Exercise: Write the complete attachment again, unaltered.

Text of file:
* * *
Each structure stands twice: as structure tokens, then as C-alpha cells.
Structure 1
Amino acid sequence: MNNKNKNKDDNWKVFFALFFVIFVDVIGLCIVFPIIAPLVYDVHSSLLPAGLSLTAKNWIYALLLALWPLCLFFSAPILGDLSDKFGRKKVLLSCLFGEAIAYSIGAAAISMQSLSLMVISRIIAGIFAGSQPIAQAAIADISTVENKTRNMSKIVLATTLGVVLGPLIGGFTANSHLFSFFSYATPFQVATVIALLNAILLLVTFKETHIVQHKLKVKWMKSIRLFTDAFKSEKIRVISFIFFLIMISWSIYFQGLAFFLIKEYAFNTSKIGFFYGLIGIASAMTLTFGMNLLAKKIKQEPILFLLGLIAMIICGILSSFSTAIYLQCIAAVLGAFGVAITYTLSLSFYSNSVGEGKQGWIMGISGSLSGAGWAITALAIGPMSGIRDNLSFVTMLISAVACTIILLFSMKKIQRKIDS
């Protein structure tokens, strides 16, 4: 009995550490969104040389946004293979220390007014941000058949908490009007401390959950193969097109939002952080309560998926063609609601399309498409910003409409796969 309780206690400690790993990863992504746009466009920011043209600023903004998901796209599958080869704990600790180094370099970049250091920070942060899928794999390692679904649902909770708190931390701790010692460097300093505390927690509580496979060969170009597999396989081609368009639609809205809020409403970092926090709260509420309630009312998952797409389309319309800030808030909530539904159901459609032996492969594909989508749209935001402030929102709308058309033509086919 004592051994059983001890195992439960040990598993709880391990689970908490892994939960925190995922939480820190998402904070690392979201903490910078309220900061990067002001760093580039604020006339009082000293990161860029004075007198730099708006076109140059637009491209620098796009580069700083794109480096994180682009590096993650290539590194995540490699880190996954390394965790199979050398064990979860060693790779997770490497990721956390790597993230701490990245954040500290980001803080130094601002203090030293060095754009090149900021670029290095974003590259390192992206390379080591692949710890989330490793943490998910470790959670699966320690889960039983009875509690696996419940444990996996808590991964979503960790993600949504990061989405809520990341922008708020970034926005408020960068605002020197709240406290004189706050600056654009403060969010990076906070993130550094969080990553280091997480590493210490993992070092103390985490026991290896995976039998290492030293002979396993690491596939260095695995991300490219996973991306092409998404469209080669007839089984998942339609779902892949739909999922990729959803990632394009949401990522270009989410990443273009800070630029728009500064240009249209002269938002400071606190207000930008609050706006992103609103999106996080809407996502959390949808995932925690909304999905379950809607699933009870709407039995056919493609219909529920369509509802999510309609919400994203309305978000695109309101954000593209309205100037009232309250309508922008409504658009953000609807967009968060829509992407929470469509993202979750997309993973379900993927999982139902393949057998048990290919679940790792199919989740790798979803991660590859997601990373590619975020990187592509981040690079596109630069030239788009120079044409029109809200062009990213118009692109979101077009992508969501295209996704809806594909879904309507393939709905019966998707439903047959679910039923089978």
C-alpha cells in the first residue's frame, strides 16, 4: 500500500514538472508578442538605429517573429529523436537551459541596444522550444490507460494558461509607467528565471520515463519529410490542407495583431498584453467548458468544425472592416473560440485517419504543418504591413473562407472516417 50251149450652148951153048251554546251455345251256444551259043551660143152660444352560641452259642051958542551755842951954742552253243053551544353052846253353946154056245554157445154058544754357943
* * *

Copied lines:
Each structure stands twice: as structure tokens, then as C-alpha cells.
Structure 1
Amino acid sequence: MNNKNKNKDDNWKVFFALFFVIFVDVIGLCIVFPIIAPLVYDVHSSLLPAGLSLTAKNWIYALLLALWPLCLFFSAPILGDLSDKFGRKKVLLSCLFGEAIAYSIGAAAISMQSLSLMVISRIIAGIFAGSQPIAQAAIADISTVENKTRNMSKIVLATTLGVVLGPLIGGFTANSHLFSFFSYATPFQVATVIALLNAILLLVTFKETHIVQHKLKVKWMKSIRLFTDAFKSEKIRVISFIFFLIMISWSIYFQGLAFFLIKEYAFNTSKIGFFYGLIGIASAMTLTFGMNLLAKKIKQEPILFLLGLIAMIICGILSSFSTAIYLQCIAAVLGAFGVAITYTLSLSFYSNSVGEGKQGWIMGISGSLSGAGWAITALAIGPMSGIRDNLSFVTMLISAVACTIILLFSMKKIQRKIDS
């Protein structure tokens, strides 16, 4: 009995550490969104040389946004293979220390007014941000058949908490009007401390959950193969097109939002952080309560998926063609609601399309498409910003409409796969 309780206690400690790993990863992504746009466009920011043209600023903004998901796209599958080869704990600790180094370099970049250091920070942060899928794999390692679904649902909770708190931390701790010692460097300093505390927690509580496979060969170009597999396989081609368009639609809205809020409403970092926090709260509420309630009312998952797409389309319309800030808030909530539904159901459609032996492969594909989508749209935001402030929102709308058309033509086919 004592051994059983001890195992439960040990598993709880391990689970908490892994939960925190995922939480820190998402904070690392979201903490910078309220900061990067002001760093580039604020006339009082000293990161860029004075007198730099708006076109140059637009491209620098796009580069700083794109480096994180682009590096993650290539590194995540490699880190996954390394965790199979050398064990979860060693790779997770490497990721956390790597993230701490990245954040500290980001803080130094601002203090030293060095754009090149900021670029290095974003590259390192992206390379080591692949710890989330490793943490998910470790959670699966320690889960039983009875509690696996419940444990996996808590991964979503960790993600949504990061989405809520990341922008708020970034926005408020960068605002020197709240406290004189706050600056654009403060969010990076906070993130550094969080990553280091997480590493210490993992070092103390985490026991290896995976039998290492030293002979396993690491596939260095695995991300490219996973991306092409998404469209080669007839089984998942339609779902892949739909999922990729959803990632394009949401990522270009989410990443273009800070630029728009500064240009249209002269938002400071606190207000930008609050706006992103609103999106996080809407996502959390949808995932925690909304999905379950809607699933009870709407039995056919493609219909529920369509509802999510309609919400994203309305978000695109309101954000593209309205100037009232309250309508922008409504658009953000609807967009968060829509992407929470469509993202979750997309993973379900993927999982139902393949057998048990290919679940790792199919989740790798979803991660590859997601990373590619975020990187592509981040690079596109630069030239788009120079044409029109809200062009990213118009692109979101077009992508969501295209996704809806594909879904309507393939709905019966998707439903047959679910039923089978």
C-alpha cells in the first residue's frame, strides 16, 4: 500500500514538472508578442538605429517573429529523436537551459541596444522550444490507460494558461509607467528565471520515463519529410490542407495583431498584453467548458468544425472592416473560440485517419504543418504591413473562407472516417 50251149450652148951153048251554546251455345251256444551259043551660143152660444352560641452259642051958542551755842951954742552253243053551544353052846253353946154056245554157445154058544754357943